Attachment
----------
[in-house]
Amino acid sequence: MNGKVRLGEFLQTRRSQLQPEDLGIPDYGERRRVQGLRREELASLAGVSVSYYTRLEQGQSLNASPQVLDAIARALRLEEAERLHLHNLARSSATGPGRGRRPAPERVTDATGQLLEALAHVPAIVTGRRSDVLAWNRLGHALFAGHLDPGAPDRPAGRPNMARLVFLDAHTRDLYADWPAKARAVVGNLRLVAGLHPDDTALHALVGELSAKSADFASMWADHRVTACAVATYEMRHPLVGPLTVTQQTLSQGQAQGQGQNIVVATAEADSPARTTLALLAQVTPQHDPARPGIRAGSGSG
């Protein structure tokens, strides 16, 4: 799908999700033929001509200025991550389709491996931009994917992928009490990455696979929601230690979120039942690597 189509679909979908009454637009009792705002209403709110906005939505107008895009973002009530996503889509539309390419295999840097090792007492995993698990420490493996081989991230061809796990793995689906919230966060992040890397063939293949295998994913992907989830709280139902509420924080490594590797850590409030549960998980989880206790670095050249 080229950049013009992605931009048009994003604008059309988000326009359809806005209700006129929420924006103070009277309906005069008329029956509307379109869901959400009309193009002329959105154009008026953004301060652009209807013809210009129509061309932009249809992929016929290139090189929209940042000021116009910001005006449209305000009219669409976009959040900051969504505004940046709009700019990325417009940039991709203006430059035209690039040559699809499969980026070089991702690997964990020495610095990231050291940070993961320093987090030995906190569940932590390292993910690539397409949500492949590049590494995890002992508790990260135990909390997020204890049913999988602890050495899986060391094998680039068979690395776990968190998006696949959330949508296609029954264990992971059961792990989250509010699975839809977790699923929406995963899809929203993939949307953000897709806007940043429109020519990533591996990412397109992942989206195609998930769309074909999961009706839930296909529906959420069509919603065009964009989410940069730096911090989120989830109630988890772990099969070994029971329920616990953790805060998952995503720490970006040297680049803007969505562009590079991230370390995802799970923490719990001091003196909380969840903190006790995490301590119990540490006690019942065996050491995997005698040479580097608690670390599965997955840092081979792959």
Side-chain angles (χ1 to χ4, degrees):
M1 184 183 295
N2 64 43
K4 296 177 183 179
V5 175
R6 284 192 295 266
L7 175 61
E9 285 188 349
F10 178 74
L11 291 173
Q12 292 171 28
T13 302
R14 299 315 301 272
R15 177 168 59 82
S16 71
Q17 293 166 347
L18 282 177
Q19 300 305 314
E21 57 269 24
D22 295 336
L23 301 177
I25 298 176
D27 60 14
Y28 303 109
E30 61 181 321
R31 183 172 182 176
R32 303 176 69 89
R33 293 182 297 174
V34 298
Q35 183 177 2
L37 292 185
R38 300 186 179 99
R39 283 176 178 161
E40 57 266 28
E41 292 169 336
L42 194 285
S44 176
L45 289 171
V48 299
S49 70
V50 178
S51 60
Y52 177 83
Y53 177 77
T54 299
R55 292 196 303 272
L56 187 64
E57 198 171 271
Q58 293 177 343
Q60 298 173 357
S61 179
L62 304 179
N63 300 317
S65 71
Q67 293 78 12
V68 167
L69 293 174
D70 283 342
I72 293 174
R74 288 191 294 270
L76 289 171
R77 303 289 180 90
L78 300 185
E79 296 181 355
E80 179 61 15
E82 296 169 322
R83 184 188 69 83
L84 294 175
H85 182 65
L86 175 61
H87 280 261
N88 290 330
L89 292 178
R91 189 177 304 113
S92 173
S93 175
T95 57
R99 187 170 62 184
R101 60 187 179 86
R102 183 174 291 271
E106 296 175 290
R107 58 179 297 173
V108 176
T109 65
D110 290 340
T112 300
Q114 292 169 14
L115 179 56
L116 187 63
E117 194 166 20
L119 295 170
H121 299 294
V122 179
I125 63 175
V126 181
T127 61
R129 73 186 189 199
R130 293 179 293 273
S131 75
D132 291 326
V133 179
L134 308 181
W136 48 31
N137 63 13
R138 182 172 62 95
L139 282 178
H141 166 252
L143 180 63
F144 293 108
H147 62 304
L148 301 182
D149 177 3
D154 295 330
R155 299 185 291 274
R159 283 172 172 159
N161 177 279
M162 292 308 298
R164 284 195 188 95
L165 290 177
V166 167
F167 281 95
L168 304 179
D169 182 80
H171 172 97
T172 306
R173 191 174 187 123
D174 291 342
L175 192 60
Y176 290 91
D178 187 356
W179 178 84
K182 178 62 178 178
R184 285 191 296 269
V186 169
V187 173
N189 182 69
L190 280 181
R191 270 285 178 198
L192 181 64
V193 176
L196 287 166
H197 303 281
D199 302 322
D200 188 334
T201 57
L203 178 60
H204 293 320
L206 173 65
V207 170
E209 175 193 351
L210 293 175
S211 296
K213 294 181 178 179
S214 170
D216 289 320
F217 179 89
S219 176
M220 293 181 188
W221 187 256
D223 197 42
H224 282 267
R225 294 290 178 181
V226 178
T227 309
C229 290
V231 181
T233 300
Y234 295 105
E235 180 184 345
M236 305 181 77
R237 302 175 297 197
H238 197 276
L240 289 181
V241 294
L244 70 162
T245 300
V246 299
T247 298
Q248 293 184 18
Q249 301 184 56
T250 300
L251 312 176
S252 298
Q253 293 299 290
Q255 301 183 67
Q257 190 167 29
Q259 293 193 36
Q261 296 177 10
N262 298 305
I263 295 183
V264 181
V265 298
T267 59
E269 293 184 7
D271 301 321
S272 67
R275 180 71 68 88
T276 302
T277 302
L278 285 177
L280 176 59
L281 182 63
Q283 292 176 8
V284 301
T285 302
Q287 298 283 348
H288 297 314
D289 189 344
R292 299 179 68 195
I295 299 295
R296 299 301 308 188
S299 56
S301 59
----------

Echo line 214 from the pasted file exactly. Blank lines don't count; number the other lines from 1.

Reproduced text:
R296 299 301 308 188